Behavior Chart Ideas for Elementary School

Instructor: Rachel Tustin

Dr. Rachel Tustin has a PhD in Education focusing on Educational Technology, a Masters in English, and a BS in Marine Science. She has taught in K-12 for more than 15 years, and higher education for ten years.

Behavior charts can be a powerful tool for an elementary teacher. However, sometimes it's hard to think of ways to set up behavior charts that create a partnership between students and teachers. Try these creative ways to set up effective behavior charts.

Making Behavior Charts Work

In every teacher's classroom at any given time, there's a student who stands out. It might be the one who's constantly everywhere but where he's supposed to be, the girl who constantly shouts out in class, or the child who has tantrums whenever he doesn't get his way. These children cause distractions not only for themselves, but also for every other student in the class.

Behavior problems make it hard both for the teacher to conduct lessons and the students to focus on learning. Behavior charts are a strategy teachers can use with students to help increase their awareness of their behavior and make them partners in improving it.

Individual Behavior Charts

Individual behavior charts are a good option if you're working with a handful of students on their behavior in your classroom. These types of behavior charts are individualized to the child, focusing on the specific behavior(s) you're seeking to work with the student to improve.

Some teachers choose to do a behavior chart for every student each day, but remember: when using individual behavior charts, you need to be consistent. So don't take on more charts than you can realistically maintain each day. Let's look at a few examples of individual behavior charts.

Clock Behavior Charts

As a teacher of elementary students, you need to be realistic. The odds of a child in this age group being good all day are slim to none. The purpose of behavior charts is to help improve a child's behavior, and often that means giving them multiple opportunities in a day to demonstrate that they can follow your behavior expectations. A clock behavior chart is one way to accomplish this goal.

Sample Clock Style Behavior Chart
Clock Chart

In a clock behavior chart, the teacher checks in on the child's behavior once within each interval defined on the behavior chart. It might be four times a day - or more or less - depending on the schedule in your classroom. If you're doing this for younger students between kindergarten and second grade, you might just use smiley or frowny faces to indicate whether they were following classroom expectations. If they're a bit older (third to fifth grade), you might choose to use a number scale system, where one is poor and four is excellent. Whatever scale system you choose, you need to be sure that the child understands it.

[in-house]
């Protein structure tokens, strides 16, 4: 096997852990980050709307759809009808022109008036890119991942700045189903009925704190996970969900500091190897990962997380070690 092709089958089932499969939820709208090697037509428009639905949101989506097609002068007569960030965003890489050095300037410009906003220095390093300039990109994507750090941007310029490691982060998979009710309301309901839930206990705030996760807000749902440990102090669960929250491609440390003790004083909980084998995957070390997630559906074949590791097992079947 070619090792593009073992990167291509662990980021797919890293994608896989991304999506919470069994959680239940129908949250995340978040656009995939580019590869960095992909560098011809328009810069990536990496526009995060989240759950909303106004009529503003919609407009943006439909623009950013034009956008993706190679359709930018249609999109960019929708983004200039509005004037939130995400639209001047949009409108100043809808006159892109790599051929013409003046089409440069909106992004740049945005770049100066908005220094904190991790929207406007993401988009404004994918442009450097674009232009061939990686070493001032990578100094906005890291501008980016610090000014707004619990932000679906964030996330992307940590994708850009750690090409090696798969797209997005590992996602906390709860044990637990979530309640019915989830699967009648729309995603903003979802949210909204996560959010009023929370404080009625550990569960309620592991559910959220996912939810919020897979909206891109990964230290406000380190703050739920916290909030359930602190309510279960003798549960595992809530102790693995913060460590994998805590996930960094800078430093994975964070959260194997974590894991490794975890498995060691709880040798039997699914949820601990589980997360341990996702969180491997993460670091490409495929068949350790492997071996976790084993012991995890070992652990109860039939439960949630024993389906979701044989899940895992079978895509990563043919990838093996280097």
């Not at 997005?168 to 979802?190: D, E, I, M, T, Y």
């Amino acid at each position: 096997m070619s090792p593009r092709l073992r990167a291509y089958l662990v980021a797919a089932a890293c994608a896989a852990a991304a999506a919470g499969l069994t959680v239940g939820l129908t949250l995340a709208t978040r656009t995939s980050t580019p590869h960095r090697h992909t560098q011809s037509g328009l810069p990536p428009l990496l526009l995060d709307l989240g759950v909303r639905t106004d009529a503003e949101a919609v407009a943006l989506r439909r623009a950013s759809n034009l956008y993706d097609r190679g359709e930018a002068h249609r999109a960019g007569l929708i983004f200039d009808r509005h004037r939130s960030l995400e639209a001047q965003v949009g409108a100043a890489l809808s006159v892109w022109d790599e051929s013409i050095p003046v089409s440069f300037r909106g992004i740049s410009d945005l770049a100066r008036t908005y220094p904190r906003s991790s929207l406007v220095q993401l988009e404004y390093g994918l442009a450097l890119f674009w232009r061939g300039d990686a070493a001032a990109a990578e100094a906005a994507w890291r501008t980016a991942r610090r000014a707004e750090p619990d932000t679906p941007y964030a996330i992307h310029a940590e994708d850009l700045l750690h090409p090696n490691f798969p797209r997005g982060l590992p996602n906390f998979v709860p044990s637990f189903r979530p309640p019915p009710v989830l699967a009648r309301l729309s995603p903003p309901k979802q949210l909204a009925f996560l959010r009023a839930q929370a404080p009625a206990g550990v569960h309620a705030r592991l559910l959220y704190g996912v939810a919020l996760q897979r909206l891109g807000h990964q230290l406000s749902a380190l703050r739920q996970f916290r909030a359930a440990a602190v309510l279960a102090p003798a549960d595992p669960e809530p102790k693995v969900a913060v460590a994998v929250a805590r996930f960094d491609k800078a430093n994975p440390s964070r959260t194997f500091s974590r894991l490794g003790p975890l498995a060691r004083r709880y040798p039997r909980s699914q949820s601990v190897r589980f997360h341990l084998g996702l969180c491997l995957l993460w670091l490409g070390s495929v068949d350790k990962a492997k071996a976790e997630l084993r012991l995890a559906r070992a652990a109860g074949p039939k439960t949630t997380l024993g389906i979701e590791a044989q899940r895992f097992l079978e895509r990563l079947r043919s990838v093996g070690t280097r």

Three Strikes Charts

If you're working with an elementary student on a specific behavior, you might choose to use a three strikes chart. This type of chart allows you to track the frequency of the behavior you want to focus on improving with the student. You'll want to set a goal with the student and parents for the maximum number of occurrences of the negative behavior that will be allowed. You might select two or even five, depending on the nature of the behavior itself.

Depending on the situation of the particular child, you might want to break down the chart into AM and PM sections for each day. That way, if the child has a bad morning, he or she knows that the chart will reset at lunch, and that could motivate the student to improve for the rest of the day. It's important that small children feel like there's hope - knowing that when they have bad times in class, they can recover. If students don't use their strikes, there should be a reward - nothing elaborate, just something small like a sticker or an eraser.

Sample Three Strikes Chart

Whole-Class Behavior Charts

If you have a particularly unruly crowd in your classroom, you might want to utilize a whole-class behavior chart. These types of charts would apply to large-scale classroom management issues, such as maintaining appropriate noise levels, cleaning up after activities, and walking from the classroom to other locations in your school, such as the cafeteria. Again, let's look at a few examples.

Red Light, Green Light Charts

A red light green light behavior chart looks like what it is - a stoplight. You can easily create a large one for a corner of your whiteboard. You'll then want some small magnets that are all the same - such as circles, squares, etc. Then, decide how many 'stops' in instruction you will allow your students to cause each day in class. A stop is anytime you have to pause class to address behavior. You might start with a higher number, such as five, and then decrease that number as behavior improves.

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